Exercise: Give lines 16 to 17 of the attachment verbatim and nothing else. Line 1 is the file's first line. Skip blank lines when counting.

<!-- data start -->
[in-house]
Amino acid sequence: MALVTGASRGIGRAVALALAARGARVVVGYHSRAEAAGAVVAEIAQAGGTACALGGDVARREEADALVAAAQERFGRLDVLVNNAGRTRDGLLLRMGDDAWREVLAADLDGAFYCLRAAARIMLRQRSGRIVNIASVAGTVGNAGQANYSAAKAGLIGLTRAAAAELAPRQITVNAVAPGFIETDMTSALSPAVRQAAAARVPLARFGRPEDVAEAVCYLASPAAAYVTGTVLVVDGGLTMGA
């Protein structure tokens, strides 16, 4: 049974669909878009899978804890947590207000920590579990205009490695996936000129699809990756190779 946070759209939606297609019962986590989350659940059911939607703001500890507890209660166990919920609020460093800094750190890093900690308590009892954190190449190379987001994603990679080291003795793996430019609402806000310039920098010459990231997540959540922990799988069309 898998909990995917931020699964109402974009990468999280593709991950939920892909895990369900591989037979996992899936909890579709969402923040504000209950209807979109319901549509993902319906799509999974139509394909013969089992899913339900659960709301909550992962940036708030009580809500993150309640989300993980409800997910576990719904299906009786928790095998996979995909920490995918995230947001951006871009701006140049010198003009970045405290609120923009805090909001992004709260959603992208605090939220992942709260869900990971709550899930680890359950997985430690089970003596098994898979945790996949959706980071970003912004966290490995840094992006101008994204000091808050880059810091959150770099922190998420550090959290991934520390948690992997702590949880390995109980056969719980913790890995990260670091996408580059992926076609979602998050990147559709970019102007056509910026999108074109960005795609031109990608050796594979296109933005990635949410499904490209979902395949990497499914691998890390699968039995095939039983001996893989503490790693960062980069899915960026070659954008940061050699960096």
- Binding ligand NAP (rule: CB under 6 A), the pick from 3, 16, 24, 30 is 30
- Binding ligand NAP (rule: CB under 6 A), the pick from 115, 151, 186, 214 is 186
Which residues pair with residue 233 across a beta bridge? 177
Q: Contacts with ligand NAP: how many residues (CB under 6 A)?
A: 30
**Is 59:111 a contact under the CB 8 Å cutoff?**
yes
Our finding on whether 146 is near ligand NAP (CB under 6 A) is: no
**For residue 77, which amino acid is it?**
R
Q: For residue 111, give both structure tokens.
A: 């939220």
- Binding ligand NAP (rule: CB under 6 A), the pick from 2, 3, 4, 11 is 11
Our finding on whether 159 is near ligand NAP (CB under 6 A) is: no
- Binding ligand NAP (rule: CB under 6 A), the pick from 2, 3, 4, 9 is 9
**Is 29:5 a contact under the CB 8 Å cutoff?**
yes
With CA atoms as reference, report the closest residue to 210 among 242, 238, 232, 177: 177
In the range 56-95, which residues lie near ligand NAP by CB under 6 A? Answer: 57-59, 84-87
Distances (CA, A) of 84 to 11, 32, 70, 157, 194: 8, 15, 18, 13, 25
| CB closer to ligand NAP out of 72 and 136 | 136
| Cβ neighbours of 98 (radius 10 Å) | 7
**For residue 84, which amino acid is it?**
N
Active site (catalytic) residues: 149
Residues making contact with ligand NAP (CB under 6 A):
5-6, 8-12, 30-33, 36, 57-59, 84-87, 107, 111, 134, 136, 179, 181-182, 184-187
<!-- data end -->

- Binding ligand NAP (rule: CB under 6 A), the pick from 2, 3, 4, 11 is 11
Our finding on whether 159 is near ligand NAP (CB under 6 A) is: no